Hard to deny

Good government oxymoron made this comment earlier this week:

Did Hatch vote in the election he ran in?

Not all candidates show up on the ballot, only candidates running in the district you are registered to vote in.

If Hatch voted in the election he ran in then surely would have noticed that he was NOT on the ballot.

We deserve better



9 Responses to Hard to deny

  1. John Hogan says:

    Great point.


    • Dan Wever says:

      When you vote I have never, not been asked if I still lived at the same address listed in the voting record book. So he either thought he lived at the District 6 address or he lied!


      • Michael Bray says:

        So, take a look at his voting record. Is there anything there that he could possibly have illegally benefitted from? If not, he’s gone, case closed.


        • Anonymous says:

          T’was Cabrera who benefitted from this ruse by having a strong ‘yes-man’ on the board. I wonder if JC’s knowledge of Hatch’s true residence implicates him? I also wonder which address EPISD use when sending mail to Trent Hatch? It would be funny if he used the district 7 address for his EPISD correspondence while he represented district 6!


  2. Anonymous says:

    It is possible that he was registered to vote at the residence in District 7, but was using the homestead exemption at the address in District 6. Now he is in between a rock and hard place. On the one hand he is looking at possible charges for fraudulently representing District 6, and on the other hand he is looking at not being completely honest about his homestead exemption. I wonder which one is the greater crime? Time to get a lawyer! No wonder he is being quiet and hoping this all goes away. Poor guy.

    I think it is more interesting to consider who conspired with him in all this. Or at a minimum, who knew about it (or whose job it was to know about it) and did nothing; either out of ignorance or malice. As has been stated earlier, was it not the responsibility Cabrera or Margo to make sure the election was legal and proper? Hatch might be in a good place for the DA to get him to turn on his accomplices…


    • Windering Citizen says:

      EPISD is already distancing itself from Hatch. It’s thank you for your serving one day and too bad for you and your problems the next! I wonder if EPISD ever sent Hatch anything through the US mail? I wonder what address they mailed it to?


    • Anonymous says:

      Why does there ALWAYS have to be some conspiracy? (So trolls have something to talk about).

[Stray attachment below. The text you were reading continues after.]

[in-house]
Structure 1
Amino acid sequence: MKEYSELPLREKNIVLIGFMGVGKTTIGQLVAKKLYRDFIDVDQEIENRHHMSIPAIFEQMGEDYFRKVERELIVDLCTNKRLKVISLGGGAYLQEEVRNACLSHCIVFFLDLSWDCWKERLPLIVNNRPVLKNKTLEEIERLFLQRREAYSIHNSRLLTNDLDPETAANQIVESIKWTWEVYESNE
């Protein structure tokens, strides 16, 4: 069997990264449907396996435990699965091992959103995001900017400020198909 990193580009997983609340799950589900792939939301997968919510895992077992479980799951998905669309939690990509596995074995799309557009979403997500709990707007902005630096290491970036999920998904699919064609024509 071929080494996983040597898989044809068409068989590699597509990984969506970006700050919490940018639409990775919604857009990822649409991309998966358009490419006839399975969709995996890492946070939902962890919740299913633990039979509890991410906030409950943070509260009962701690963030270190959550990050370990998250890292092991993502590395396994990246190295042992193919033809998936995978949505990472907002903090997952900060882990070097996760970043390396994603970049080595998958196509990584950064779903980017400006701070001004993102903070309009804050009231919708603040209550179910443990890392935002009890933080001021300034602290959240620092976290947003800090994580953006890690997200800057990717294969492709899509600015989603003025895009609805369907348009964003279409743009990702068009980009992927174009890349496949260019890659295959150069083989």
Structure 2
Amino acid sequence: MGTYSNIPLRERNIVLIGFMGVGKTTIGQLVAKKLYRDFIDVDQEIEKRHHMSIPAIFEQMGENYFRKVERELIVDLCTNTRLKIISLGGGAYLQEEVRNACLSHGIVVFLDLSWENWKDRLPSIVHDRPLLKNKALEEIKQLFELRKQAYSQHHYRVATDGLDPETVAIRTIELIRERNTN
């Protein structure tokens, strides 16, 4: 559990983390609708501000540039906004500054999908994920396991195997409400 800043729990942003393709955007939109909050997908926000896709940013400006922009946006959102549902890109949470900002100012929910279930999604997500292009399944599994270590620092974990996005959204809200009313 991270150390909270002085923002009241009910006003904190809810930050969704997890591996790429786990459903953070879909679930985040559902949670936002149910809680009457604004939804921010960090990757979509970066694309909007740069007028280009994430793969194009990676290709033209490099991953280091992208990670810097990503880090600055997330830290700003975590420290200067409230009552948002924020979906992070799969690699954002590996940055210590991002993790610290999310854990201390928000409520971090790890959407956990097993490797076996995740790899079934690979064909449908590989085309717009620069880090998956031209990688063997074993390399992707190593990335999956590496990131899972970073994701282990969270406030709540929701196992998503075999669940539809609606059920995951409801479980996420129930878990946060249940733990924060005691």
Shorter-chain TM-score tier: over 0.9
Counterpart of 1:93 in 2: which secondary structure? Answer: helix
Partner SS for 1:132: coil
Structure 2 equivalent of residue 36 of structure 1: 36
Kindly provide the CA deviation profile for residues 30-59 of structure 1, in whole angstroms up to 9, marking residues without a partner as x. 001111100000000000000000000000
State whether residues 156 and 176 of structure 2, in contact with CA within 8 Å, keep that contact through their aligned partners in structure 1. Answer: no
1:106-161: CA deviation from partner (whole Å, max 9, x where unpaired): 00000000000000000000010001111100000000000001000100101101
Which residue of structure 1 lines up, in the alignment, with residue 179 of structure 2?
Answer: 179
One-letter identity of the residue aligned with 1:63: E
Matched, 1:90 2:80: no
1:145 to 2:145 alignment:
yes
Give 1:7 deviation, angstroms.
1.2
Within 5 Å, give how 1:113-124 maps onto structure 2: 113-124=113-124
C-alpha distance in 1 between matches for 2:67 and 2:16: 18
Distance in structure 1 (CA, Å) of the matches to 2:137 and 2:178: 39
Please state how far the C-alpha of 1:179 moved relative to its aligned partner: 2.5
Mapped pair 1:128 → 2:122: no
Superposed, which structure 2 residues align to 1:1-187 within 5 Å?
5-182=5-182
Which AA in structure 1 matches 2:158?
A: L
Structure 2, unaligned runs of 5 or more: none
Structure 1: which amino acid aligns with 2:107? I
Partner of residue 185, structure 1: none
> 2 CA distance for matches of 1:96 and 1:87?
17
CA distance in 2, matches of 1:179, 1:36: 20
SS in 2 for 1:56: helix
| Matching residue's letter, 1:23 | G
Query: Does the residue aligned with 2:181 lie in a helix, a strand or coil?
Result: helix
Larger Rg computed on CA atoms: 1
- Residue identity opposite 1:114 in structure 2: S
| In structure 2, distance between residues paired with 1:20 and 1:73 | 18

It may just be a case of negligence, which is bad, but doesn’t rise to the level as some would have us believe.


  3. good governance oxymoron says:

    After looking into this further, “residency” seems to be legally quite ambiguous and open for interpretation depending on personal circumstance and personal intention.

    In brief, based on the current case law, an additional home outside District 6 with a homestead exemption and use of that home as a mailing address does not conclusively establish the homestead as residency.

    Considering Mr Hatch was very involved as an established booster where his children attended schools in the District 6 feeder pattern, and he owned a home in District 6, which was his voter registration address, it seems it would be difficult to establish that he did not satisfy District 6 “residency”.

    The cross over of the feeder patterns would also seem to cloud the issue.

    When Mr Hatch sold the District 6 home he no longer satisfied residency and had to resign, which he did.

    Resignation or removal from office are the only consequence of not satisfying residency.

    Reference links for EPISD policy, current case law, and points are included below.

    The EPISD residency requirement at https://www.episd.org/Page/6730 in file BBA(LEGAL).pdf states among other things that

    EPISD requires candidates have “residency” in a district, but does not make determinations as to whether one “satisfies residency requirements” in a particular district, instead they leave it up to the court decide

    >>> Note: The issue of whether a candidate has satisfied residency requirements should be judicially determined. State v. Fischer, 769 S.W.2d 619 (Tex. App.—Corpus Christi 1989, writ dism’d w.o.j)

    Here is a link to the text of the current case law and 4 points pulled out of context


    > The meaning that must be given to [the term ‘residence’] depends upon the circumstances surrounding the person involved and largely depends upon the present intention of the individual

    > A homestead designation outside a particular voting district is relevant to consideration of residence but does not conclusively establish residence

    > Deriving tax benefits, such as a homestead exemption, from one property does not automatically preclude a finding that the person actually resides at another property

    > Moving to a property solely to meet the residency requirements for running for public office is not relevant to the ultimate question of where one resides


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